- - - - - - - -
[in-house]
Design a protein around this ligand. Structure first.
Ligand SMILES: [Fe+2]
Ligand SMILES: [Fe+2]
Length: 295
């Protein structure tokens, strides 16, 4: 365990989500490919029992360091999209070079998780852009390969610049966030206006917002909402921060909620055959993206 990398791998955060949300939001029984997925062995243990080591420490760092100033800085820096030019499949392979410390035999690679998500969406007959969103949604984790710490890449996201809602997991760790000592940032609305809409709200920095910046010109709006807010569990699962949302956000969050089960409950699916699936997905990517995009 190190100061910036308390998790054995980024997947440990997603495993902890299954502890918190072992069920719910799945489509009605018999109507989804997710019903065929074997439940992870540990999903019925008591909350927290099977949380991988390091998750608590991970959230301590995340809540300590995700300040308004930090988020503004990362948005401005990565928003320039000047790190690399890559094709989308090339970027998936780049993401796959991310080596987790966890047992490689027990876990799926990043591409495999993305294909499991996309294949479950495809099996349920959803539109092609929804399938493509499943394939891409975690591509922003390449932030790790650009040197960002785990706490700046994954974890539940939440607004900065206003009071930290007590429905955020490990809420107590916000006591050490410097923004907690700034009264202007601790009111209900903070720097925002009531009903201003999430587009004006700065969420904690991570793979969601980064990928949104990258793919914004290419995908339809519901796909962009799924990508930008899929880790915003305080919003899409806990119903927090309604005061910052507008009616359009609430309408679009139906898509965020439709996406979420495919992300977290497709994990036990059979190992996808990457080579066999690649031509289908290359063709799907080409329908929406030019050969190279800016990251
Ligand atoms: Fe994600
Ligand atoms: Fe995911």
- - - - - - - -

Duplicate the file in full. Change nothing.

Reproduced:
[in-house]
Design a protein around this ligand. Structure first.
Ligand SMILES: [Fe+2]
Ligand SMILES: [Fe+2]
Length: 295
């Protein structure tokens, strides 16, 4: 365990989500490919029992360091999209070079998780852009390969610049966030206006917002909402921060909620055959993206 990398791998955060949300939001029984997925062995243990080591420490760092100033800085820096030019499949392979410390035999690679998500969406007959969103949604984790710490890449996201809602997991760790000592940032609305809409709200920095910046010109709006807010569990699962949302956000969050089960409950699916699936997905990517995009 190190100061910036308390998790054995980024997947440990997603495993902890299954502890918190072992069920719910799945489509009605018999109507989804997710019903065929074997439940992870540990999903019925008591909350927290099977949380991988390091998750608590991970959230301590995340809540300590995700300040308004930090988020503004990362948005401005990565928003320039000047790190690399890559094709989308090339970027998936780049993401796959991310080596987790966890047992490689027990876990799926990043591409495999993305294909499991996309294949479950495809099996349920959803539109092609929804399938493509499943394939891409975690591509922003390449932030790790650009040197960002785990706490700046994954974890539940939440607004900065206003009071930290007590429905955020490990809420107590916000006591050490410097923004907690700034009264202007601790009111209900903070720097925002009531009903201003999430587009004006700065969420904690991570793979969601980064990928949104990258793919914004290419995908339809519901796909962009799924990508930008899929880790915003305080919003899409806990119903927090309604005061910052507008009616359009609430309408679009139906898509965020439709996406979420495919992300977290497709994990036990059979190992996808990457080579066999690649031509289908290359063709799907080409329908929406030019050969190279800016990251
Ligand atoms: Fe994600
Ligand atoms: Fe995911």